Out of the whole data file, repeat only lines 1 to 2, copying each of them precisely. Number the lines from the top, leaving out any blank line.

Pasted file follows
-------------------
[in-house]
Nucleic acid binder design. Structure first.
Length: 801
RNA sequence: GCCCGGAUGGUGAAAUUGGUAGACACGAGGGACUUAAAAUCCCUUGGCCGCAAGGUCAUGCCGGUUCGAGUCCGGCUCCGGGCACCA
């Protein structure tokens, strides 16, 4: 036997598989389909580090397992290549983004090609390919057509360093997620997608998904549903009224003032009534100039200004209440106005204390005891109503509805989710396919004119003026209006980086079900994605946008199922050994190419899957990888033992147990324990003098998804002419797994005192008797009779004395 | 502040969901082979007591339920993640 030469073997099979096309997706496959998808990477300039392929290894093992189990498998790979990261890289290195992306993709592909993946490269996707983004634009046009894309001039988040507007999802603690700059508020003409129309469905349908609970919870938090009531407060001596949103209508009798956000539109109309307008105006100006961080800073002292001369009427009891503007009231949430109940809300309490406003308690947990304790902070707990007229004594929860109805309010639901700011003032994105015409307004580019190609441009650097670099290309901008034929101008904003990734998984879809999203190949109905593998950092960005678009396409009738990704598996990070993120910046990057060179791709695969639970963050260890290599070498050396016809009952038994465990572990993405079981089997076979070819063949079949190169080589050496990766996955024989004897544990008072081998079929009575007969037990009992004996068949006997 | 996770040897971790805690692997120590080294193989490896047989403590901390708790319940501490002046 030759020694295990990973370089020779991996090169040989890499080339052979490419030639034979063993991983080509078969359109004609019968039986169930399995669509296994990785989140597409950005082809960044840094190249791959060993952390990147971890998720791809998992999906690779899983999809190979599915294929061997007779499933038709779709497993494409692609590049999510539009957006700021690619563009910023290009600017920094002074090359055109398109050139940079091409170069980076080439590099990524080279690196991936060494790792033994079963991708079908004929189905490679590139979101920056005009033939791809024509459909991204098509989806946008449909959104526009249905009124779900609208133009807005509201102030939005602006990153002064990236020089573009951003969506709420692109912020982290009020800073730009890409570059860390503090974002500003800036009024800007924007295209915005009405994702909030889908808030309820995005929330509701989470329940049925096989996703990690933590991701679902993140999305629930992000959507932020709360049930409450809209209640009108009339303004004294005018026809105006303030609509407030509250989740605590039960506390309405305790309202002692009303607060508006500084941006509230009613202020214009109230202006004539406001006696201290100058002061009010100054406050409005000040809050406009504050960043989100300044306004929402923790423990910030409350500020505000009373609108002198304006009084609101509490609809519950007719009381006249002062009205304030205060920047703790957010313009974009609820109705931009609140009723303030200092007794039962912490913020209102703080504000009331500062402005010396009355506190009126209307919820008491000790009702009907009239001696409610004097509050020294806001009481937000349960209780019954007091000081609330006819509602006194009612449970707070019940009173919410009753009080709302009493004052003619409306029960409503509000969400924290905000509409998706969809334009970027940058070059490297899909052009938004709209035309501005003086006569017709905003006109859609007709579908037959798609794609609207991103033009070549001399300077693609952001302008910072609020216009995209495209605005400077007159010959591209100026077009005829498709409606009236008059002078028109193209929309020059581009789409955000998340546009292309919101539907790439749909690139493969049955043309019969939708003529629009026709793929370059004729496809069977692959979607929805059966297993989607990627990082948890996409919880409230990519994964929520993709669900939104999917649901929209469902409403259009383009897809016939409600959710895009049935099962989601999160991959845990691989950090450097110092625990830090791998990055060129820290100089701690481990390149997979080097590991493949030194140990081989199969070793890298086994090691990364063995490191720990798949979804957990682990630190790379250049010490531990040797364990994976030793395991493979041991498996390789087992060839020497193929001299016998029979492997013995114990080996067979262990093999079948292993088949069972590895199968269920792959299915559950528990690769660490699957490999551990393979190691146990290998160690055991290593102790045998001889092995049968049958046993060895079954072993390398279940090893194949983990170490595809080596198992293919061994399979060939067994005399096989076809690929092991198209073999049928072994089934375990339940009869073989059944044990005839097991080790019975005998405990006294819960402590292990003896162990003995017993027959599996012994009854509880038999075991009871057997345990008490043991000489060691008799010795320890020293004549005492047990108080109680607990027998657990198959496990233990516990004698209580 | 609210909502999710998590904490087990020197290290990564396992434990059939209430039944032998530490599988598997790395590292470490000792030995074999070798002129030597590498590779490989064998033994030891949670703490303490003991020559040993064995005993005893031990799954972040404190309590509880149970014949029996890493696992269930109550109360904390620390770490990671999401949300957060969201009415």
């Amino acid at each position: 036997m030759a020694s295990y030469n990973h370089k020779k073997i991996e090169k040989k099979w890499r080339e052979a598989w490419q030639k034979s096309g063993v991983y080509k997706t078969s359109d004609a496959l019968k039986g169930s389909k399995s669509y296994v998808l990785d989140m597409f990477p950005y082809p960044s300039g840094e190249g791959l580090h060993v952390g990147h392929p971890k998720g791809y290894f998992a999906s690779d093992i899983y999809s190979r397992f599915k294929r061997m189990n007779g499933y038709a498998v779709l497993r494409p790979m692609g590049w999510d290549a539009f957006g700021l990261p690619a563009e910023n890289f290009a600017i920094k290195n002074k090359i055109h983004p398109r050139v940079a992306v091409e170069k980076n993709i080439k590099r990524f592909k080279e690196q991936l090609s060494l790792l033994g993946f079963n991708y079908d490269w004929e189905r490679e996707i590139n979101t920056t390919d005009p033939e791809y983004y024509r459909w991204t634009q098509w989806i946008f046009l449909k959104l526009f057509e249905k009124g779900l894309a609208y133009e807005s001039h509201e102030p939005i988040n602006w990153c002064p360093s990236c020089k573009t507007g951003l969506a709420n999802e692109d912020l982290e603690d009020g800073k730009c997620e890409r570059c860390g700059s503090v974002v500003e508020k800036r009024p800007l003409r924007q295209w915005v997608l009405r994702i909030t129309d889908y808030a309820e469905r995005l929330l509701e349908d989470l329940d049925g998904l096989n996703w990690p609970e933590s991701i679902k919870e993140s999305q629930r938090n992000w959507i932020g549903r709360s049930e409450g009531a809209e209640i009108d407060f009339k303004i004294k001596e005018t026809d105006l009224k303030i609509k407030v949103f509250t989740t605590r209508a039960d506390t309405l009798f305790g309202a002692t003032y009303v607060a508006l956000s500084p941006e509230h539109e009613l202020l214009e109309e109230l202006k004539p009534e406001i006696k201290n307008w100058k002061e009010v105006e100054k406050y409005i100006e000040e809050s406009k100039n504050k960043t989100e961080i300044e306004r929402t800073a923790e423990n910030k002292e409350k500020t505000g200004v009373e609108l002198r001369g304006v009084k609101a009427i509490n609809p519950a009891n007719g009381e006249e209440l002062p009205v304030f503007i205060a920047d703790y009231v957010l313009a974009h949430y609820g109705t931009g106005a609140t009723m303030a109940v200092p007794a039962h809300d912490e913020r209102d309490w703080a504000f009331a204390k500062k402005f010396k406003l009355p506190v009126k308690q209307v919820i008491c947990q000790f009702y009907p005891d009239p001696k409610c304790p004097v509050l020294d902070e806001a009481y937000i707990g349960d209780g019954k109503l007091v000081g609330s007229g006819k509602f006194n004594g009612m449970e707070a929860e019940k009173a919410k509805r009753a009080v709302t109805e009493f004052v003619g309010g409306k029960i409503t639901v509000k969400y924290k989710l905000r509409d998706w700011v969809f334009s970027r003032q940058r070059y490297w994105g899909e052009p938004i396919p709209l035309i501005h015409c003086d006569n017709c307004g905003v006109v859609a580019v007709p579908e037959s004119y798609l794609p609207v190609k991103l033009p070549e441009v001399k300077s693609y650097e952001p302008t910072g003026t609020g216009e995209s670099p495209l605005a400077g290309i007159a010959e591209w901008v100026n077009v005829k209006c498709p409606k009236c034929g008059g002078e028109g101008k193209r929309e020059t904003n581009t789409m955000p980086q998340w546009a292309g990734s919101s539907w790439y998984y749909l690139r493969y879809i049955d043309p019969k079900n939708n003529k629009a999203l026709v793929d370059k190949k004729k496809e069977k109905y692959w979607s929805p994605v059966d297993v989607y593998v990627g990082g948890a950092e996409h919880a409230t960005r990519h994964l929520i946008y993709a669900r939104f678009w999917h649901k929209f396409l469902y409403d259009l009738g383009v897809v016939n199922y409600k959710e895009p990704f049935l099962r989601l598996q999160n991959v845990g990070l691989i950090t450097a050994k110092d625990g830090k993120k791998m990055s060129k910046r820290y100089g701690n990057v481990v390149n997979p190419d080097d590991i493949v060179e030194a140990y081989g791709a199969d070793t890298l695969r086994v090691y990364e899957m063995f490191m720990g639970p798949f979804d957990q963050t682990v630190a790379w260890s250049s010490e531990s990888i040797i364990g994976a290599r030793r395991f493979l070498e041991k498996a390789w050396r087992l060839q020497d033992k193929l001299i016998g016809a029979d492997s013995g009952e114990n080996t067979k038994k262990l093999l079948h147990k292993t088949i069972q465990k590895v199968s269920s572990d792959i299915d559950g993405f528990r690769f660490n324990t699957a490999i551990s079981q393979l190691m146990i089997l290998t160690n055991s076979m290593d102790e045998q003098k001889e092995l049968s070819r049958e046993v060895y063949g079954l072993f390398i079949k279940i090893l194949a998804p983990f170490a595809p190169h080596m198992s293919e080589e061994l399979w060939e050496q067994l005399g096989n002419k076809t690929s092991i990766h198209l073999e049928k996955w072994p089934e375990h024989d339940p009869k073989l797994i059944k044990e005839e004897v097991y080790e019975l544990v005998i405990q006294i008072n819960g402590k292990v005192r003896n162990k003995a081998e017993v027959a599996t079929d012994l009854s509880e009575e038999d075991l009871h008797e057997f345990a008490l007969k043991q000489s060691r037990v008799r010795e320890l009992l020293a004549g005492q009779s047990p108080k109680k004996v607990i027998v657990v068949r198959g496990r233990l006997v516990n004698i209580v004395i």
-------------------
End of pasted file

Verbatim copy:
[in-house]
Nucleic acid binder design. Structure first.